• Kate Dore Vawt August 26, 2015 on 7:54 am

      Nice, Vawt! A personal savings rate of 50% is fantastic!

  • Dane Hinson August 25, 2015 on 3:20 pm

    There are days that I feel very frugal and prudent with spending and there are days that I say… live for today. I think it comes down to setting a solid financial plan and sticking to it. Whether you have set backs day to day, it’s important to follow your plan over the long-term.

    • Kate Dore Dane Hinson August 26, 2015 on 7:55 am

      Definitely, Dane! It’s important to find a balance. I’ve been guilty of being too frugal at times. But certain things are more important that saving!

  • Michelle December 17, 2015 on 8:52 pm

    I love being frugal and have Kardashian fatigue. I also think that Americans are fascinated by frugal stories because it’s hard to imagine having the discipline to sustain a frugal lifestyle. So, we tend to be in awe of people/stories/shows that show what we “wish” we could do. Haven’t you heard the following when stories like these are brought up “I wish I could do that” or “I don’t have the discipline” and honestly people don’t want to go against the norm because it’s hard to do.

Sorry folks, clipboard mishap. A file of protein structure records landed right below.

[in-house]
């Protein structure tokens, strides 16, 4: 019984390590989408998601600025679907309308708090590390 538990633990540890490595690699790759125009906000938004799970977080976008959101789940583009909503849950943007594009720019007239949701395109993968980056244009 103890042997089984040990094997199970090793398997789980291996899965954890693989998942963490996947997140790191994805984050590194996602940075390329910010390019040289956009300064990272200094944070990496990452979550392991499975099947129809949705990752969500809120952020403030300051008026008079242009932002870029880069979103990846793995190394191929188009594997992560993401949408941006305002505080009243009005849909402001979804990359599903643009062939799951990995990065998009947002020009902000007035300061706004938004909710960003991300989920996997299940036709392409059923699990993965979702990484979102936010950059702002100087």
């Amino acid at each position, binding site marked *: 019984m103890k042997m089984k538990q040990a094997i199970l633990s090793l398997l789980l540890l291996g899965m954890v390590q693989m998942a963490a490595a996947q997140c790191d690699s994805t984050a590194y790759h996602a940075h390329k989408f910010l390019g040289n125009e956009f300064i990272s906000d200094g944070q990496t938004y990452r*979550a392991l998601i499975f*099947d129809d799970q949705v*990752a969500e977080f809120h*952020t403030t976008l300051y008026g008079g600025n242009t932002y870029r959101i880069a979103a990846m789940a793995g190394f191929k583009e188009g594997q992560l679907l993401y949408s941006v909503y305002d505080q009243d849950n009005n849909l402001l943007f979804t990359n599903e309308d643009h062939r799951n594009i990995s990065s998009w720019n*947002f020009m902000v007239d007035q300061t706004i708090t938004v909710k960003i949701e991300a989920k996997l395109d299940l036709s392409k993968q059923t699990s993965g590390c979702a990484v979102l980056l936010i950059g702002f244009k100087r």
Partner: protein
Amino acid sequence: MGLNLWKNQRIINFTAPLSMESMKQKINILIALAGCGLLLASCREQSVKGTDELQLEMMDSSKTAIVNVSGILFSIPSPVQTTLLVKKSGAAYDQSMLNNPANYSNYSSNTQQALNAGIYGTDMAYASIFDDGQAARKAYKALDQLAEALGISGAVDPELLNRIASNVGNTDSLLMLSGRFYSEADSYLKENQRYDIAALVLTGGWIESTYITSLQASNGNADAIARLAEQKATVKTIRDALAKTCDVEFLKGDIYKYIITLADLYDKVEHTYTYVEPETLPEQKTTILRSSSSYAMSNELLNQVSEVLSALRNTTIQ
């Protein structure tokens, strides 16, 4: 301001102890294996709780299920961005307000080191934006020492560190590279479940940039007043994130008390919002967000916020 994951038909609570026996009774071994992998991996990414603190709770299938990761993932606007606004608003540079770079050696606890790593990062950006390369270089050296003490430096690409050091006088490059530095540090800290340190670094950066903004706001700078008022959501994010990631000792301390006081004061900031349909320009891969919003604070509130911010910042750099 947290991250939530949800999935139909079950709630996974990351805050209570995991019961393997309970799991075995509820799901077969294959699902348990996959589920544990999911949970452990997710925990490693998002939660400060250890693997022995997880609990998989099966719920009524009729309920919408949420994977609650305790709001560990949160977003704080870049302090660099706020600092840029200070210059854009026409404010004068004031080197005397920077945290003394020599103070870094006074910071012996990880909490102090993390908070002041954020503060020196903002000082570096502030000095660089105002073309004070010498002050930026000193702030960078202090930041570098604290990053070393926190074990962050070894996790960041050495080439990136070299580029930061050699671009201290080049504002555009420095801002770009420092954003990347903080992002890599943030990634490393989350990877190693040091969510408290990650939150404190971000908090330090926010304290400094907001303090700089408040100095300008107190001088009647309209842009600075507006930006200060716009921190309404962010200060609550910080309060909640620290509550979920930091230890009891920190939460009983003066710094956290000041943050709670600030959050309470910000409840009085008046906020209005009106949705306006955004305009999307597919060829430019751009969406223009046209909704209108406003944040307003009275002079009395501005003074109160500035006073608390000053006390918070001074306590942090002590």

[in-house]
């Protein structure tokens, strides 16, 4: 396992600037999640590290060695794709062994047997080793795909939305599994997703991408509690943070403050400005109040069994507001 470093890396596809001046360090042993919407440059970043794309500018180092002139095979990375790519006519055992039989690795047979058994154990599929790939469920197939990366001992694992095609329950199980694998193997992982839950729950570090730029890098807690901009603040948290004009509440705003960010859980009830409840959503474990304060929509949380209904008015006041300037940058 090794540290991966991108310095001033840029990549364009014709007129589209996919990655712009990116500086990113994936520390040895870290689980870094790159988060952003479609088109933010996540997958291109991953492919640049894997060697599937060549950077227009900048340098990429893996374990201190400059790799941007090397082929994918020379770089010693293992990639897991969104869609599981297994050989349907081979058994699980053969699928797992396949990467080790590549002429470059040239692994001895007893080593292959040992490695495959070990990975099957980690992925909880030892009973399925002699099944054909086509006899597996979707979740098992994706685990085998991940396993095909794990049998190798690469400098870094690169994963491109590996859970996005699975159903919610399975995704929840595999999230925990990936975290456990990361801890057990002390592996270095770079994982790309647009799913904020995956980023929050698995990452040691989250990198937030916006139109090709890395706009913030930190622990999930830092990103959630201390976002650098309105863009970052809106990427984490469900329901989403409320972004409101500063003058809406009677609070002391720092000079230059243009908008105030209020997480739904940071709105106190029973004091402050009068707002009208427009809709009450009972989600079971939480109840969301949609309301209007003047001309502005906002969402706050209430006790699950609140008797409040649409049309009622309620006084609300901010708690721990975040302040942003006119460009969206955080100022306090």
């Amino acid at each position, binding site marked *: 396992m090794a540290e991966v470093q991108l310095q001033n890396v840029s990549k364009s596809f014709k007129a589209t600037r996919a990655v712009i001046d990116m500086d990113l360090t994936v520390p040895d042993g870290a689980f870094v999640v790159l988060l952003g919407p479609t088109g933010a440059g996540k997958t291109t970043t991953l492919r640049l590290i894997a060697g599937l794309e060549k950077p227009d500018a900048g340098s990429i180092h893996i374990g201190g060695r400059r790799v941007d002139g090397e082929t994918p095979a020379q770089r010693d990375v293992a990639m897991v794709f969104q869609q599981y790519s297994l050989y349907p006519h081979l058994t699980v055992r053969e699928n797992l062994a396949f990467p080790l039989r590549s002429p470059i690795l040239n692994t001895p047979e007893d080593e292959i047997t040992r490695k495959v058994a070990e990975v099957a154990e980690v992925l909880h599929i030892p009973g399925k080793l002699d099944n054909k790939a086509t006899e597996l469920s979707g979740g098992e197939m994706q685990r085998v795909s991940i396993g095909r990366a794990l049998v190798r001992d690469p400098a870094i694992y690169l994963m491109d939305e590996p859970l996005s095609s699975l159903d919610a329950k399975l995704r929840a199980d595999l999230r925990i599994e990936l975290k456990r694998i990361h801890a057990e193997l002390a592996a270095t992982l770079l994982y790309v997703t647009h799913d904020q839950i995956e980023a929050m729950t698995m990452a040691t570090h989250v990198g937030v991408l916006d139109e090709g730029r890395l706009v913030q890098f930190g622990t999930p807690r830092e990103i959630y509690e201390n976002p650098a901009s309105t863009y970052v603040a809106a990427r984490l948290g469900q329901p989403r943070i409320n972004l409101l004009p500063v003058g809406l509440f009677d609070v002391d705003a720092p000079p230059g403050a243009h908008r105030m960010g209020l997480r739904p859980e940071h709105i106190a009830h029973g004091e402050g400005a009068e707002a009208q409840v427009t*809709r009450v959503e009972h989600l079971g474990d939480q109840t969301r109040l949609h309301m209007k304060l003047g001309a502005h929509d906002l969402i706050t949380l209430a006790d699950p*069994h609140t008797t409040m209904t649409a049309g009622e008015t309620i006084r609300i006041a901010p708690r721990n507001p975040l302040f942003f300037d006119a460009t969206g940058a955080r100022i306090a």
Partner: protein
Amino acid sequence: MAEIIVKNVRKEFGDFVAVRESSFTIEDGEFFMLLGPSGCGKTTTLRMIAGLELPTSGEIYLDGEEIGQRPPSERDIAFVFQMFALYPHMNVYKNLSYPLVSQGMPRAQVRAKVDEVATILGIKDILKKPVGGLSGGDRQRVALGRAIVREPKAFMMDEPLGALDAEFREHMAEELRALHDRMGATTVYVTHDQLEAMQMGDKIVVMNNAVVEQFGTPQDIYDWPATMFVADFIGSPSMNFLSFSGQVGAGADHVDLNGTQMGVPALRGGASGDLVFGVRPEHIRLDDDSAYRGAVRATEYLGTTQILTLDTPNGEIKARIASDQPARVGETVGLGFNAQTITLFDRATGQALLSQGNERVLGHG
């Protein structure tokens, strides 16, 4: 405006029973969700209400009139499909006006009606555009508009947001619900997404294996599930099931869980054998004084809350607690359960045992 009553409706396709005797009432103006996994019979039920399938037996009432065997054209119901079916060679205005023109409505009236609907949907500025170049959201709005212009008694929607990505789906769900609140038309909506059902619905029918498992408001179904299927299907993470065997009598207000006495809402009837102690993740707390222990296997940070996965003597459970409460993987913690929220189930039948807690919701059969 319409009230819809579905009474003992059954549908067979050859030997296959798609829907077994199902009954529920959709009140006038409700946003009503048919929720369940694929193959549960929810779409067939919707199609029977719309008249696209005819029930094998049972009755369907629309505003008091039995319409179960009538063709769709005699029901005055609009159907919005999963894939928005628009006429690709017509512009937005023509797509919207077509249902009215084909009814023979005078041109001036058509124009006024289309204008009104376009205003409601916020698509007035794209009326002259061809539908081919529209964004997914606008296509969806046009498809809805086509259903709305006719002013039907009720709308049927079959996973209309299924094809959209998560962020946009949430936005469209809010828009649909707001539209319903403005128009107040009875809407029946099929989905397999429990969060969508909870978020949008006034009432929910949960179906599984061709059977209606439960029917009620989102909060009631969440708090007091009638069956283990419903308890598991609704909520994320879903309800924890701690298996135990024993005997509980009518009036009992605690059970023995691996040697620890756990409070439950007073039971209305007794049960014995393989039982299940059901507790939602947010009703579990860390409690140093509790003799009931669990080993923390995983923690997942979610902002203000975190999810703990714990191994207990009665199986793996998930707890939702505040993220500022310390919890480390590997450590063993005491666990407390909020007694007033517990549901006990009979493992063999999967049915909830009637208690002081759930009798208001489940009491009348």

• Kate Dore Michelle December 21, 2015 on 12:41 pm

      Great points, Michelle. I, too, have Kardashian fatigue.

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  • LeisureFreak Tommy June 7, 2016 on 8:15 pm

    We reached FI through frugal living 6+ years ago and today when my wife asked what I wanted to do for my birthday dinner I said I want to grill some steaks. We can afford to splurge and go out but we instead got 2 small rib eyes at the super market for $13 and with baked potatoes, tossed salad and some corn had a fabulous meal for 25% of what it would have cost going out. I think for some that spending instead of saving is an addictive habit with the appeal of herd acceptance. One with social ties and a lifestyle that must also be left behind or severely modified so they can truly embrace frugality and saving for their future. Maybe someday there will be more available in FI education or real support groups aside from just following others on the web with secret and closeted appreciation. Maybe then more people can find the light and enjoy the awesome freedom provided by FI through frugal living and giving up their disastrous consumerist financial habits that only enslave them. Until then we have reading about others frugal and financial success online. Any who follow and convert are a win and the reason why you and I preach and write about frugality.